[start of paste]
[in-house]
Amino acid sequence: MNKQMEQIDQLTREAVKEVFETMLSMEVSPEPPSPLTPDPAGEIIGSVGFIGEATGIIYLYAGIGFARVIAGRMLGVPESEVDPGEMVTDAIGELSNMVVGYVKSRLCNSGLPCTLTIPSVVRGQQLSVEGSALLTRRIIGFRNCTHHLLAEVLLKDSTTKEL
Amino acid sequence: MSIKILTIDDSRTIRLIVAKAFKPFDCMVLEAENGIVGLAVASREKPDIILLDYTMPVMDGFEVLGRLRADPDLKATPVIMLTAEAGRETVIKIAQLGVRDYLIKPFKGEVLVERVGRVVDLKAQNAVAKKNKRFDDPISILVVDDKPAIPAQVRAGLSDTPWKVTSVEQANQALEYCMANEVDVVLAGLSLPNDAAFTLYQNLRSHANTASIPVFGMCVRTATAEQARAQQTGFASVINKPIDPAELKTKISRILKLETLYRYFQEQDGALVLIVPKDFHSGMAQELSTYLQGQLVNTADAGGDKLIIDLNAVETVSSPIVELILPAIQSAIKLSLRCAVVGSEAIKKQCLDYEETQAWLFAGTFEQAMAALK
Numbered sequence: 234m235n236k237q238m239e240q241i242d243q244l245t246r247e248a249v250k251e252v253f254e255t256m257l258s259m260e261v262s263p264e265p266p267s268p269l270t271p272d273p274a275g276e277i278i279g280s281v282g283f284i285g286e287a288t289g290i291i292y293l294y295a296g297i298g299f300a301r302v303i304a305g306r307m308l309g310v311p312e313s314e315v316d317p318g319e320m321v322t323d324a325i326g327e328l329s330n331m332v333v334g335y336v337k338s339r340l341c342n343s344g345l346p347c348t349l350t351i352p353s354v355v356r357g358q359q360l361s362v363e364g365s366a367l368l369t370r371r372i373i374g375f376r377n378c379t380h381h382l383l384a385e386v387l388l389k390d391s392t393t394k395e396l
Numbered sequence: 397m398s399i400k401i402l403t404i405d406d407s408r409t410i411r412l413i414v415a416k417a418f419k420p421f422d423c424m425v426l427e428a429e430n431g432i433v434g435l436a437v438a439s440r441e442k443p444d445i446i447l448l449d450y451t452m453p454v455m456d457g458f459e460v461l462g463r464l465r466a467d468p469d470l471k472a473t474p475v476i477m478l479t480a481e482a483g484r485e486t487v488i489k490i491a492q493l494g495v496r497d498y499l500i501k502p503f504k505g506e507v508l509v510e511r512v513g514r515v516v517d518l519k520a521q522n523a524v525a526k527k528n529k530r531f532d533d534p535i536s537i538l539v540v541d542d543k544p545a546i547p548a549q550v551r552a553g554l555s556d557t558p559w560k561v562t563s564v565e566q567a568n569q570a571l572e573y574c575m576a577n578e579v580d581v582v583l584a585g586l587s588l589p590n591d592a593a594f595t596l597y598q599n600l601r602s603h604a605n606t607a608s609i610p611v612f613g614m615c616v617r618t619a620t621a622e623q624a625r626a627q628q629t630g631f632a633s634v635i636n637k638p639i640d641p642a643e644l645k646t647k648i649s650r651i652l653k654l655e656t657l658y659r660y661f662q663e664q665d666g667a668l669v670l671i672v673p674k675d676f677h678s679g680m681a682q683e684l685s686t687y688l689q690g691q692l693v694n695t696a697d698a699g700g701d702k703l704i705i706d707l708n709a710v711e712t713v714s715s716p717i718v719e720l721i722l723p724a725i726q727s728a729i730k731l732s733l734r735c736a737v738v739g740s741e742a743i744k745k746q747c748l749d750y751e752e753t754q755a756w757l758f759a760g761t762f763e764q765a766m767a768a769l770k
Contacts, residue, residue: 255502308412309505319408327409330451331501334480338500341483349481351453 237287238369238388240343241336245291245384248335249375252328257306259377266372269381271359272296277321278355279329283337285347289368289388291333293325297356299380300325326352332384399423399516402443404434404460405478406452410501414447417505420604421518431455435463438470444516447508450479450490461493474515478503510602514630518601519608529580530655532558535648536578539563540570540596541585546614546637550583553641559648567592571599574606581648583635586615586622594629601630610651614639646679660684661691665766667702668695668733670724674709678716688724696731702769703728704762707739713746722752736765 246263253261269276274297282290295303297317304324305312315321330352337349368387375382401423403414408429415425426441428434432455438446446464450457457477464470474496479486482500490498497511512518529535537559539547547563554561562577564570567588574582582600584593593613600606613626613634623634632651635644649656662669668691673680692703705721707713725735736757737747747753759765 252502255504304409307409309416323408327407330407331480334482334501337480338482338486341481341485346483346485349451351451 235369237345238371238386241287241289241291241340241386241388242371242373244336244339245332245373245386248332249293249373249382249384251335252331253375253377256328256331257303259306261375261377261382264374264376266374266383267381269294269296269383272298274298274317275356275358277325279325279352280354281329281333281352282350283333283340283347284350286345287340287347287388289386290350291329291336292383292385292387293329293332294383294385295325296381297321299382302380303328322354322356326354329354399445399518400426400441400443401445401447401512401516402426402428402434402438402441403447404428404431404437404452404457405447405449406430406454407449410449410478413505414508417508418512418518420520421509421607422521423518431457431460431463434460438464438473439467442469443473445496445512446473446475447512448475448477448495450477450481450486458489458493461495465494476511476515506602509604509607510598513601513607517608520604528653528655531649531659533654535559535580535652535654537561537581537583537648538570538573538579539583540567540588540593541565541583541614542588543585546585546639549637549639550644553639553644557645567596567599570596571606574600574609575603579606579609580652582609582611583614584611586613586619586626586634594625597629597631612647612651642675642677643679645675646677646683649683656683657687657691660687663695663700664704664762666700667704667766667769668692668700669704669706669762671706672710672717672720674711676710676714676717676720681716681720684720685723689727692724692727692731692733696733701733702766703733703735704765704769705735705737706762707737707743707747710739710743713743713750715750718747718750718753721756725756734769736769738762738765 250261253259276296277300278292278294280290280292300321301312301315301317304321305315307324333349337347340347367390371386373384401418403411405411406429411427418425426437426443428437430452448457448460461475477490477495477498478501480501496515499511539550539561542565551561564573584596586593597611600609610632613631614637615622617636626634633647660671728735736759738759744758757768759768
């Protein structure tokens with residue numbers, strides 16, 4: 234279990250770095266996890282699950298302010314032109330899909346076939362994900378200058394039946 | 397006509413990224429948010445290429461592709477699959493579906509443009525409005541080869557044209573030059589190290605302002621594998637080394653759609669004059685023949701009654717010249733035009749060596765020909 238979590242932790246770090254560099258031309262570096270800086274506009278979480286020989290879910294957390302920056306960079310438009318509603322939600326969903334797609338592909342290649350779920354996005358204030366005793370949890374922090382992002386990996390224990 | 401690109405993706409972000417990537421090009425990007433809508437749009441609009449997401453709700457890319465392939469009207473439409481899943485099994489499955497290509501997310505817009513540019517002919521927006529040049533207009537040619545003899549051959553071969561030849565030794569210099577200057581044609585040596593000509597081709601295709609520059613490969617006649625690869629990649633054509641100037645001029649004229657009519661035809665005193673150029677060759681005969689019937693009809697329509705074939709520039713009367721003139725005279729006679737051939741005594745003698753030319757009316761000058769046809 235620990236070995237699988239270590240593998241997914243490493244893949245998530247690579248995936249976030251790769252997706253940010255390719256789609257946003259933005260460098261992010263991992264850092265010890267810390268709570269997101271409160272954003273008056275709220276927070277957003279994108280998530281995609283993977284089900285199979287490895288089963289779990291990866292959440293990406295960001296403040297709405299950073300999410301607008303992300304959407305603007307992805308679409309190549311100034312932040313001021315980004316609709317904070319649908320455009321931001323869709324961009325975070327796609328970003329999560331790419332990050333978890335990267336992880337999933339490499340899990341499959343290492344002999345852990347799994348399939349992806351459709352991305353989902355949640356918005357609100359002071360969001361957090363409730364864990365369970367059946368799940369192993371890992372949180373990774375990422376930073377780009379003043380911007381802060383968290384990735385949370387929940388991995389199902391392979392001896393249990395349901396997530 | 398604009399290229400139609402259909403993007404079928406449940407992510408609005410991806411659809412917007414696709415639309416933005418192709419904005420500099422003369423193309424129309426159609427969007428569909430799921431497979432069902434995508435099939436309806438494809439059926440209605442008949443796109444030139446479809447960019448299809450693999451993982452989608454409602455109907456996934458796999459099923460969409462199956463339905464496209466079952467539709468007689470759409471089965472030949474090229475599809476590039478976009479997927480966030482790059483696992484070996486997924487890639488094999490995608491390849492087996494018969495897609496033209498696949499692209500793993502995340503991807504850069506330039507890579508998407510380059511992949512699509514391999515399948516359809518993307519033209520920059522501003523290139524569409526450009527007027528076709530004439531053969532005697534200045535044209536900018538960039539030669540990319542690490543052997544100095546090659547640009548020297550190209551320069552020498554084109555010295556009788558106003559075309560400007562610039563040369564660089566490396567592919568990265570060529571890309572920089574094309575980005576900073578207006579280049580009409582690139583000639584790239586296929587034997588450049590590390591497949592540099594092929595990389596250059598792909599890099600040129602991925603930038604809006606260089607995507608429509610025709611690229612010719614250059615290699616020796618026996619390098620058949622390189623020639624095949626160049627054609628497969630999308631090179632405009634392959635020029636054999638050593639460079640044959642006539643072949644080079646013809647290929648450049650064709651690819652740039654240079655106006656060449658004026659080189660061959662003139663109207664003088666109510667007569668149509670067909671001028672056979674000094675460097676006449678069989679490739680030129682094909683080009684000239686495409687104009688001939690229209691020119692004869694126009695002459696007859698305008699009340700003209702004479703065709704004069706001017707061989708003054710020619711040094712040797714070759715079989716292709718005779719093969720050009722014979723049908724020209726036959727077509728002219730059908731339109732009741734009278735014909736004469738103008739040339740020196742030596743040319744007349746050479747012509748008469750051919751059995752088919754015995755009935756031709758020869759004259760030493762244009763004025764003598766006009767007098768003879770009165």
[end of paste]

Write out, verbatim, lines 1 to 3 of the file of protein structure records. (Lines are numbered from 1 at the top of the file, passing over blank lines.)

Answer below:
[in-house]
Amino acid sequence: MNKQMEQIDQLTREAVKEVFETMLSMEVSPEPPSPLTPDPAGEIIGSVGFIGEATGIIYLYAGIGFARVIAGRMLGVPESEVDPGEMVTDAIGELSNMVVGYVKSRLCNSGLPCTLTIPSVVRGQQLSVEGSALLTRRIIGFRNCTHHLLAEVLLKDSTTKEL
Amino acid sequence: MSIKILTIDDSRTIRLIVAKAFKPFDCMVLEAENGIVGLAVASREKPDIILLDYTMPVMDGFEVLGRLRADPDLKATPVIMLTAEAGRETVIKIAQLGVRDYLIKPFKGEVLVERVGRVVDLKAQNAVAKKNKRFDDPISILVVDDKPAIPAQVRAGLSDTPWKVTSVEQANQALEYCMANEVDVVLAGLSLPNDAAFTLYQNLRSHANTASIPVFGMCVRTATAEQARAQQTGFASVINKPIDPAELKTKISRILKLETLYRYFQEQDGALVLIVPKDFHSGMAQELSTYLQGQLVNTADAGGDKLIIDLNAVETVSSPIVELILPAIQSAIKLSLRCAVVGSEAIKKQCLDYEETQAWLFAGTFEQAMAALK